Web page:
Stayed at number one for three months, the longest reign of a Wheel of Time book thus far. The book’s prologue was released as an e-book. Some of the events took place concurrently with Winter’s Heart.

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Perrin continues to try to save his wife while Mat continues to try to escape Seanchan territory. Elayne is pregnant by Rand and continues to try to hold the Lion Throne. Rand negotiates peace with the Seanchan, pending an important meeting. Egwene is kidnapped during a siege.

Knife of Dreams (2005)

The fourth consecutive number one release for the series. This is also the final book written solely by Robert Jordan before his passing.

Elayne solidifies her hold on the throne of Andor. Egwen undermines the White Tower. Mat and Tuon are married and Tuon becomes the Empress of the Seanchan. Perrin finally rescues his wife. Rand loses a hand. The time of the Last Battle is finally at hand. The end is on its way.

The Gathering Storm (2009)

The first of three books written by Sanderson from Jordan’s notes. Though the series was initially intended to end with one novel, Sanderson found it impossible to keep the book at a reasonable length. This is considered the beginning of the end that Jordan had envisioned for the series.

Mostly focuses on Rand and Egwene. Rand has reaches his lowest point, and almost makes a fatal decision. Egwene takes the Amyrlin Seat. Rand destroys the Choeden Kal.

Towers of Midnight (2010)

The second book of the trilogy that ends The Wheel of Time.

Rand and Egwene meet to discuss the fate of the world. Perrin faces deadly trials and a deadly trial. Mat fights the gholam. Elayne becomes Queen of Cairhien. The end of the world may still be nigh.

A Memory of Light (2013)

The final book in the trilogy, as well as the final book in the series. Bears the title of the last book planned by Jordan.

The forces of good and evil prepare for the final battle. All the nations agree to a treaty before beginning the final fight. The Dark One is defeated, but not destroy. Rand learns an important truth. A body is burned, and a man is freed of his burdens. The world goes into its Fourth Age.

Media Adaptations

It should come as no surprise that The Wheel of Time has had several different media adaptations. While none have been as wildly successful as one might hope, many do have their fans.

Starting in July of 2005, The Wheel of Time was adapted into a comic book format. The books sold rather well, though there were some major issues won the publishing end. Thus far, New Spring and Eye of the World have been fully adapted in this format.

There have been a few adaptations of the series in the gaming world. A fairly popular MUD was made, along with a computer game of middling success. A MMORPG was planned in the universe, but it seems to have been quietly dropped some time in 2014.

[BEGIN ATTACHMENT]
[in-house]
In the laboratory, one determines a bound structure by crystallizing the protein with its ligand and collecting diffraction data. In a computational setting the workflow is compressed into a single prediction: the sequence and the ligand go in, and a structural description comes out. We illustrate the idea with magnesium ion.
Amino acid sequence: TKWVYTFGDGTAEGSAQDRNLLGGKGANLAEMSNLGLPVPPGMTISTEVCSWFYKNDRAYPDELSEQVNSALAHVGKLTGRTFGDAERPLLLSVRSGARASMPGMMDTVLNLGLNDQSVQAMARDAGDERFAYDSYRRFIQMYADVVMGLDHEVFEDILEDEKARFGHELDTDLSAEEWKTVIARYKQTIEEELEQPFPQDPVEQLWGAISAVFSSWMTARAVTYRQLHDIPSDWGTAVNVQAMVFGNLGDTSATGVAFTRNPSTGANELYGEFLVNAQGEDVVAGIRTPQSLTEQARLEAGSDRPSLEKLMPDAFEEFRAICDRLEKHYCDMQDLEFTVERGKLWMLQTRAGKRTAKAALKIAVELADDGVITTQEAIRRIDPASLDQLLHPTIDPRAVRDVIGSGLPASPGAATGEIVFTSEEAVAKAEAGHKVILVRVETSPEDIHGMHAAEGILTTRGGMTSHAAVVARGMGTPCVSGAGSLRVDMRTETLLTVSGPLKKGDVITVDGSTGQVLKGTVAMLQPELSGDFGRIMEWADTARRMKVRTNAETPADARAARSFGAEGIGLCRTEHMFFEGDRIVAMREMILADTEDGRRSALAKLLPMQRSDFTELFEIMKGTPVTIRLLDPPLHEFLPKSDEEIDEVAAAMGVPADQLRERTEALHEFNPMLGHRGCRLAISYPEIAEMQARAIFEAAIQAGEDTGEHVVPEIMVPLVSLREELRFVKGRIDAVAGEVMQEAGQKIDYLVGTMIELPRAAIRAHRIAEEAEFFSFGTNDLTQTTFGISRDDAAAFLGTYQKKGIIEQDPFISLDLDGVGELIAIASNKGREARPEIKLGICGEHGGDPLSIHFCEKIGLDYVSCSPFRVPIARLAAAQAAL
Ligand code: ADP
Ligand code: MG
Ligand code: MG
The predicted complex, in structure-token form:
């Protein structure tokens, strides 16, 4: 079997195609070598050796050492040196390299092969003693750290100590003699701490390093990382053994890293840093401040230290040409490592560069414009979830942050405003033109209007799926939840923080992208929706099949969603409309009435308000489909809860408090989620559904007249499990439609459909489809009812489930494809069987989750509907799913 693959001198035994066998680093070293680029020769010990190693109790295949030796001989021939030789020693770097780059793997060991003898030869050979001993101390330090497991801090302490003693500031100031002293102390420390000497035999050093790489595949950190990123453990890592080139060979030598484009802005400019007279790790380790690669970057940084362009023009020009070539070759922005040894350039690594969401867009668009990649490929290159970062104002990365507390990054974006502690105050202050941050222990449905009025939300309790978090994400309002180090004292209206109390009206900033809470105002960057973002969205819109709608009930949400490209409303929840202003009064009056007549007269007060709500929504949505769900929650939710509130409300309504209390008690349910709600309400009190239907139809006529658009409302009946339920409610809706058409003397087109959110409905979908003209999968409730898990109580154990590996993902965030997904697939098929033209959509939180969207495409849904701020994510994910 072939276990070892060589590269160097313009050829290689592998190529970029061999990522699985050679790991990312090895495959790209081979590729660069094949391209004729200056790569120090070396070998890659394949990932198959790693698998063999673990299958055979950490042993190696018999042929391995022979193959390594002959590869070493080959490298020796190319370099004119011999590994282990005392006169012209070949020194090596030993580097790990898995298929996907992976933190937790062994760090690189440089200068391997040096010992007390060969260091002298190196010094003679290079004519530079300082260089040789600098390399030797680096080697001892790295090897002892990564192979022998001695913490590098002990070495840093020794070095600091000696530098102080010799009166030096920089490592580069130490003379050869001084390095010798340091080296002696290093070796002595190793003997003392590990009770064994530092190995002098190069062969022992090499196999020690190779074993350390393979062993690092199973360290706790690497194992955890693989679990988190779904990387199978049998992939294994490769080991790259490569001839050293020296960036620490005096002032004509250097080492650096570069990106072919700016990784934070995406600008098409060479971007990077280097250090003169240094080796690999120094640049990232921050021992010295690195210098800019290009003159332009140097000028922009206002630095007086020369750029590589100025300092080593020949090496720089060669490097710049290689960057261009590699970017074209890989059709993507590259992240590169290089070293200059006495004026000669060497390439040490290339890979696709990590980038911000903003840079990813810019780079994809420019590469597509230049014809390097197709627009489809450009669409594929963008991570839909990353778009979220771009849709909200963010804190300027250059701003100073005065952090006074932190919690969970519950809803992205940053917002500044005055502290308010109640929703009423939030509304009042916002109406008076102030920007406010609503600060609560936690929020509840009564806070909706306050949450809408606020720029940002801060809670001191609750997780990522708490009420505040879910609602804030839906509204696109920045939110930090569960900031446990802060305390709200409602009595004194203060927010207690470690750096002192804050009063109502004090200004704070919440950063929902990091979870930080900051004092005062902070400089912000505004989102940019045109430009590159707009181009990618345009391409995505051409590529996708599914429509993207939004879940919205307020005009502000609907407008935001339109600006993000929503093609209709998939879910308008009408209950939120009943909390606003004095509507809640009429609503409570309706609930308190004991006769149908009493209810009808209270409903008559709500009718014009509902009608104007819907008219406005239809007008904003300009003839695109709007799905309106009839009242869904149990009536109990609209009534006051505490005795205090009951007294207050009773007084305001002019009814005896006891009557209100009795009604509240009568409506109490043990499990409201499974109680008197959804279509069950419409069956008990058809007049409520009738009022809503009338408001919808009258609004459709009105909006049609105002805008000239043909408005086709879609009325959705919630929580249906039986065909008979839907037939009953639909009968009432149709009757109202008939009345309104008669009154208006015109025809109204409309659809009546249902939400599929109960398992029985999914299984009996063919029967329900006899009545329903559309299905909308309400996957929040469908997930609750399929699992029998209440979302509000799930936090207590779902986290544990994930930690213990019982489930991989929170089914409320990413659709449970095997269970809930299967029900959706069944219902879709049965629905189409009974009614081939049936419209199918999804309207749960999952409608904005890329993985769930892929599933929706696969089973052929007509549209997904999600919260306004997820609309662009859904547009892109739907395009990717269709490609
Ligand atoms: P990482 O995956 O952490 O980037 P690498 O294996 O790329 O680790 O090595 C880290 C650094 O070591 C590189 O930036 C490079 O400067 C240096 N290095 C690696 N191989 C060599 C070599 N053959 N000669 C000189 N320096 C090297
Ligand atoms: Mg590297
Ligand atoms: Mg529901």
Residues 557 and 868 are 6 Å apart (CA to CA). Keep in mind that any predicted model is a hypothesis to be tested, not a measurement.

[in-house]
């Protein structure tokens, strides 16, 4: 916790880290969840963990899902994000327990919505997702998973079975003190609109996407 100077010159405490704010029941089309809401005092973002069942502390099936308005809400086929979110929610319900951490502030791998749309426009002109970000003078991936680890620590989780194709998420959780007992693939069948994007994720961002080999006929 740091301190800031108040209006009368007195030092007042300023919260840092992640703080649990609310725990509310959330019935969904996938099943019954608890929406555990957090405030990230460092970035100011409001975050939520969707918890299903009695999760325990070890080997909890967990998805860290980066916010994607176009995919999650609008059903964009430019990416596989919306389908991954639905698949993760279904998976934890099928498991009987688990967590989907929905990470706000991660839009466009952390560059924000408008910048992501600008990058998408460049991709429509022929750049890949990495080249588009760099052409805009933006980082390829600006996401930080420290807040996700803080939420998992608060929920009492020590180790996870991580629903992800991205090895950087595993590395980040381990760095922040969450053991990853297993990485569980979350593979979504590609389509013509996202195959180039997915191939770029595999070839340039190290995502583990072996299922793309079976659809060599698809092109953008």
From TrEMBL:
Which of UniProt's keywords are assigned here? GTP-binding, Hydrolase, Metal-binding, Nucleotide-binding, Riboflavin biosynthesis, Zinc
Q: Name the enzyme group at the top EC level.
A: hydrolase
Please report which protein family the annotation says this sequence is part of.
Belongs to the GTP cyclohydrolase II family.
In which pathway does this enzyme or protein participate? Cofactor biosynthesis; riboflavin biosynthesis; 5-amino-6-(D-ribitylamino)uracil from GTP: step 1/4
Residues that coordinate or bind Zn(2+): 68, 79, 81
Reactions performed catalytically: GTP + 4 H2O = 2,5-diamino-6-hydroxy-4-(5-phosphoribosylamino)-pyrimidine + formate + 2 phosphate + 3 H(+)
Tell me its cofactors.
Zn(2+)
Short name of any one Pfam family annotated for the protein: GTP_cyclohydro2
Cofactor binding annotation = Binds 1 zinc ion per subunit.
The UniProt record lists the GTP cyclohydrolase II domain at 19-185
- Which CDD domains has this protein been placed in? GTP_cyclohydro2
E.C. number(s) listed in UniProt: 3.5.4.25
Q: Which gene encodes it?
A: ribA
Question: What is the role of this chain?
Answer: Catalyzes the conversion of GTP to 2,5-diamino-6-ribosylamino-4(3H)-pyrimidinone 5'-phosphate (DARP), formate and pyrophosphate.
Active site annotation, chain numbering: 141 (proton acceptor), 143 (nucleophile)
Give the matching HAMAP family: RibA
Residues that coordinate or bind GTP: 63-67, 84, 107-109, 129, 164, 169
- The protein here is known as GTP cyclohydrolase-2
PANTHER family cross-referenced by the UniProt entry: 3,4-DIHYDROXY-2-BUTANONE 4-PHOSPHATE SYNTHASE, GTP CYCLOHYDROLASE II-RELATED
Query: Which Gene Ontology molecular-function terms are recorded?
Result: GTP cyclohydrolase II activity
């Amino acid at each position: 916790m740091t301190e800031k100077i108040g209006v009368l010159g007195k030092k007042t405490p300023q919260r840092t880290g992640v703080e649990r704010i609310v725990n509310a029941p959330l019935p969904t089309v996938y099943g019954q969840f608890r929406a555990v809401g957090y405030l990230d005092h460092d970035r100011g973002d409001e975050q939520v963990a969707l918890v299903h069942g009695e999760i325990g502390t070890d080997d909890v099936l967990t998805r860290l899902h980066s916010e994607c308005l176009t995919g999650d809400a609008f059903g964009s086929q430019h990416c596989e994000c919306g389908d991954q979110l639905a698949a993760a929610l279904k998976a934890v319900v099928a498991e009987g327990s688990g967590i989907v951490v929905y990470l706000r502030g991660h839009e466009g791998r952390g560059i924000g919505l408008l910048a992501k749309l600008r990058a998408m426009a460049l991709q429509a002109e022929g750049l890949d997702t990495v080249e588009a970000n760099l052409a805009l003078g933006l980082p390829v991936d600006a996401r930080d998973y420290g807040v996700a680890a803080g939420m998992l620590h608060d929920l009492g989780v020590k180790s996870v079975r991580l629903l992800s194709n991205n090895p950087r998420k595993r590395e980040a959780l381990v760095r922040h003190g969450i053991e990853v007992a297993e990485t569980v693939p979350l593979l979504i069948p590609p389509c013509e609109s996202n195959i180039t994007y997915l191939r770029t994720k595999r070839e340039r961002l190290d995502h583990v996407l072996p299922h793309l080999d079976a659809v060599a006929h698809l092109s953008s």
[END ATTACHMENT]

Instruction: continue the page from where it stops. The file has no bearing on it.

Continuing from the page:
A pilot episode for a TV series aired one time on FXX on 2015. In 2017, it was announced that a full television adaptation of the series was scheduled to be produced. Writers and producers have been announced for the show, but there hasn’t been any word on casting or even the network on which the show would air.

Lasting Legacy

The Wheel of Time is perhaps the best example of a modern fantasy epic. It certainly helped to bolster the popularity of other high fantasy settings, and it’s unlikely that any American high fantasy novel will be published any time soon without comparisons made to this series.

It’s also helped to popularize a subgenre of fantasy that had largely lost its footing after The Lord of the Rings. It’s easy to see the influence of The Wheel of Time in many books that have been published since. Even though the cycle is over, it’s likely that the themes within will continue to repeat for years to come.

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The Wheel of Time series is one of those series that will stay with readers long after the books go out of publication. For the time being, though, it looks like the tale of the series is just beginning. Whether you are interested in reading the books, watching any of the media spin-offs, or just enjoying the things that Wheel of Time influenced, there’s something out there for you.

The Wheel of Time is one of the few series of high fantasy that really deserve to be part of that canon, setting the tone for everything in the genre that will follow.

More On The Wheel of Time Series?

Are you a Robert Jordan / The Wheel of Time superfan? Don’t worry! Over at the LitRPG Forum we enjoy this sort of high fantasy as well as a fair share of sword and sorcery. Gaming? Yup. Anime? Yessir. LitRPG Books? That’s why we started the site! Stop by to join the gamification of a subgenre!

Paul Bellow

LitRPG Author Paul Bellow

Paul Bellow is a LitRPG author, gamer, RPG game developer, and publisher of several online communities. In other words, an old school webmaster. He also developed and runs LitRPG Adventures, a set of advanced RPG generators powered by GPT-3 AI. Here at LitRPG Reads, he publishes articles about LitRPG books, tabletop RPG books, and all sorts of DND content that's free to use in your personal tabletop campaign - i.e. non-commercial use. Enjoy your stay and reach out on Twitter or Discord if you want to make contact.